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Boston Tax Law Blog

Home mortgage debt cancellation, pt 2: eligibility considerations

Let's pick up the thread of a two-part post we began earlier this spring on the taxation of cancelled debt from a home mortgage.

The general rule of course is that a cancelled debt is considered taxable income. But as we explained in our March 5 post, the Great Recession and the real estate crisis that accompanied it put that general rule to the test. With so many people experiencing forclosure or a short sale, Congress responded with legislation that excluded income from cancelled mortgage debt.

Foreign assets: Which ones do you have to report on Form 8938?

This is a follow-up to a post we did last winter on filing requirements for foreign assets and income.

As we noted earlier, there are actually two sets of filing requirements that can come into play. The first set involves checking the appropriate box and filing Form 8938 as part of your regular income tax return. The second set involves filing FinCEN Form 114 (otherwise known as the FBAR) if you have offshore accounts that exceed certain valuation thresholds. We discussed this in our February 19 post.

Civil forfeiture, part 1: When is the IRS allowed to do it?

If you are a small business owner, the bank account you use for your business is vital to you. Day by day, the transactions that occur there are like your life blood

It is therefore obviously a huge problem when the IRS seizes that account, contending that there has been suspicious activity under the Bank Secrecy Act or some other federal law. In this two-part post, will describe the problem of civil forfeiture and update you on recent efforts to reform the process.

Residency and state taxes, part 2: proposed federal law has not passed

In the first part of this post, we discussed some of the detailed rules on residency status affecting state income tax returns. We focused, in particular, on part-year residents and what state tax obligations they may have in Massachusetts.

In today's post, let's look at how states tend to treat people who live in one state but earn income in another. More specifically, we will take note of a proposed federal law to encourage more uniform standards for this type of taxation.

Residency and state taxes, part 1: Do part-year residents have to file?

We focus most of our pieces in this blog on federal income tax. This makes sense because state tax systems tend to mirror the federal system.

But state tax systems also have detailed rules on residency status as it relates to filing requirements for tax returns. In this two-part post, we will address some of these rules. Let's start with a particular question: When must partial-year residents file a Massachusetts tax return?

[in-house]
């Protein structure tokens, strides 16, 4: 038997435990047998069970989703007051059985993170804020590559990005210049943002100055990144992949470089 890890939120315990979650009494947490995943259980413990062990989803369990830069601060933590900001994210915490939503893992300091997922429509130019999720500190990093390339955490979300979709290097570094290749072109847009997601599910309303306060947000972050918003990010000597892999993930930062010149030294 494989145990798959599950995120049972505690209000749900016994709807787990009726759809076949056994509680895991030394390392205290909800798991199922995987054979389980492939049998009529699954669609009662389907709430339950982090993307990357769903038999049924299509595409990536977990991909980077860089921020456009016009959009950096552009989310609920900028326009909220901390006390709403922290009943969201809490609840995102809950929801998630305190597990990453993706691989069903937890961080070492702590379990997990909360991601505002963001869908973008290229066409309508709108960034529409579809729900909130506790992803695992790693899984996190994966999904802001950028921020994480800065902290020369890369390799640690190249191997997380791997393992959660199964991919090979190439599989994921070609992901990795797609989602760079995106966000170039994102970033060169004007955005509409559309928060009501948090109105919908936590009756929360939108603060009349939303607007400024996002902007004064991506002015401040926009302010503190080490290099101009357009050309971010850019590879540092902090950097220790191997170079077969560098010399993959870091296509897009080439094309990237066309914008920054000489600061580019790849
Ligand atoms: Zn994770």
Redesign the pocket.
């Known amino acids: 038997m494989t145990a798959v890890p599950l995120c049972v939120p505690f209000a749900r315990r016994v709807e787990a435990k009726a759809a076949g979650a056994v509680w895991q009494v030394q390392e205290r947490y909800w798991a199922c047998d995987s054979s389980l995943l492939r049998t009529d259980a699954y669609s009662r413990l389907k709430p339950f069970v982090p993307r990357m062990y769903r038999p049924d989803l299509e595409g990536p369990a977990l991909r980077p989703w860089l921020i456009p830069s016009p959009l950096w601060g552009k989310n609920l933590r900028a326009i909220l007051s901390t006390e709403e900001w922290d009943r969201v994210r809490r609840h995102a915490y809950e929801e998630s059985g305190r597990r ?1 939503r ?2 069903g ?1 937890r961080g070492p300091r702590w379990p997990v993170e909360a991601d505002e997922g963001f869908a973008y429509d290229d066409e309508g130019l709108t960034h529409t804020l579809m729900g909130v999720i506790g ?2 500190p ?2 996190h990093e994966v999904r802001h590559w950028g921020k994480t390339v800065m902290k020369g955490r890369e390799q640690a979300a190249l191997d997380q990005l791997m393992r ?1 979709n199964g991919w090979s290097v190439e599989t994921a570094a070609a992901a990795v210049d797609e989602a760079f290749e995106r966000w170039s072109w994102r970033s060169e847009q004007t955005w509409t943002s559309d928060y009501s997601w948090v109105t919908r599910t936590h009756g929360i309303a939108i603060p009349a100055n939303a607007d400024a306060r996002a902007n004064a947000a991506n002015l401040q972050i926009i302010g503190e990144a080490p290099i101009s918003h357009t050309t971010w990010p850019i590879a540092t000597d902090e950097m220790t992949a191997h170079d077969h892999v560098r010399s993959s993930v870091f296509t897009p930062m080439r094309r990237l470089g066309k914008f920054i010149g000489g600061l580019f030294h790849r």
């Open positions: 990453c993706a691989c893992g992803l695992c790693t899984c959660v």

Innocent spouse relief: the role of proven tax counsel

A recent media story focusing upon instances where a divorced party might summarily receive a nasty surprise from the Internal Revenue Service owing to actions taken by an ex-spouse during marriage likely solicits instant empathy and understanding from most tax attorneys.

Following is a hypothetical scenario (yet certainly a matter that often plays out similarly in real life) described in the above-cited article. One spouse -- who routinely handled all the financial matters during a marriage that subsequently failed -- fudged a couple's tax returns by engaging in so-called "financial infidelity." That spouse's partner -- oblivious to any wrongdoing -- dutifully co-signed the joint tax return.

Communicating with the IRS: the important role of letters

Letters are a remarkably durable form of communication, with roots dating back into the ancient world. They were a medium of exchange that flourished for centuries, from the epistles of the New Testament to the love letters of the Romantic era and beyond.

But the increase in electronic options for connecting with others has greatly affected the use of letters for many of us. Phone calls, e-mail, social media - all seem much more immediate than an old-fashioned letter.

What if a levy on your bank account creates undue hardship?

If you have financial problems, tax debt is a double whammy. Difficulty in paying that debt is one problem. But things could get even worse if the IRS were to garnish your wages or levy against your bank account.

Is the IRS allowed to do this? In this post, we will address that question.

Keeping records of business expenses for deduction purposes

One of our recurring themes in this blog is the importance of record keeping for tax compliance.

After all, the quality of your records - or lack thereof - can be crucial in many different types of tax controversies. In this post, we will provide a reminder of why these records are so important.

Not getting your tax refund? Consider your options

A tax refund is your money, not the government's. But sometimes the government does not give the money back the way it should.

When that happens, you don't have to wait passively for a response. In this post, we will explain how you can take action to get the refund you have coming to you.

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